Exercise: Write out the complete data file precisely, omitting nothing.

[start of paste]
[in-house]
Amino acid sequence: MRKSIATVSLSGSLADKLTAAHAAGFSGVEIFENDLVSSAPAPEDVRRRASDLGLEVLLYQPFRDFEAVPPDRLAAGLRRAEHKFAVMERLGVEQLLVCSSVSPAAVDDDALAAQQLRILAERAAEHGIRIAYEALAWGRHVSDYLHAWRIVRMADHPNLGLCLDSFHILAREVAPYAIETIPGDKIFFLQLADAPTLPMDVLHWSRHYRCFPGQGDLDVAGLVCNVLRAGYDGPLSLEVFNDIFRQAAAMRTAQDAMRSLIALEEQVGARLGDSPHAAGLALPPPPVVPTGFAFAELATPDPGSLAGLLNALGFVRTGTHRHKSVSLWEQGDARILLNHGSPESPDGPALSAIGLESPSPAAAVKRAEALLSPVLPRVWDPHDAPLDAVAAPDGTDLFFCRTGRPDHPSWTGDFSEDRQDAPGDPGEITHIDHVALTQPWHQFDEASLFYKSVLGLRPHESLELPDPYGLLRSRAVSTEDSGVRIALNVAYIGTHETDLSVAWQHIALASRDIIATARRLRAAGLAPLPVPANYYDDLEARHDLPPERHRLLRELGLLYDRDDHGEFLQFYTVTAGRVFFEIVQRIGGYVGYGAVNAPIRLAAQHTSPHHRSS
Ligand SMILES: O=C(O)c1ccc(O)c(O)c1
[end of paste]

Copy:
[in-house]
Amino acid sequence: MRKSIATVSLSGSLADKLTAAHAAGFSGVEIFENDLVSSAPAPEDVRRRASDLGLEVLLYQPFRDFEAVPPDRLAAGLRRAEHKFAVMERLGVEQLLVCSSVSPAAVDDDALAAQQLRILAERAAEHGIRIAYEALAWGRHVSDYLHAWRIVRMADHPNLGLCLDSFHILAREVAPYAIETIPGDKIFFLQLADAPTLPMDVLHWSRHYRCFPGQGDLDVAGLVCNVLRAGYDGPLSLEVFNDIFRQAAAMRTAQDAMRSLIALEEQVGARLGDSPHAAGLALPPPPVVPTGFAFAELATPDPGSLAGLLNALGFVRTGTHRHKSVSLWEQGDARILLNHGSPESPDGPALSAIGLESPSPAAAVKRAEALLSPVLPRVWDPHDAPLDAVAAPDGTDLFFCRTGRPDHPSWTGDFSEDRQDAPGDPGEITHIDHVALTQPWHQFDEASLFYKSVLGLRPHESLELPDPYGLLRSRAVSTEDSGVRIALNVAYIGTHETDLSVAWQHIALASRDIIATARRLRAAGLAPLPVPANYYDDLEARHDLPPERHRLLRELGLLYDRDDHGEFLQFYTVTAGRVFFEIVQRIGGYVGYGAVNAPIRLAAQHTSPHHRSS
Ligand SMILES: O=C(O)c1ccc(O)c(O)c1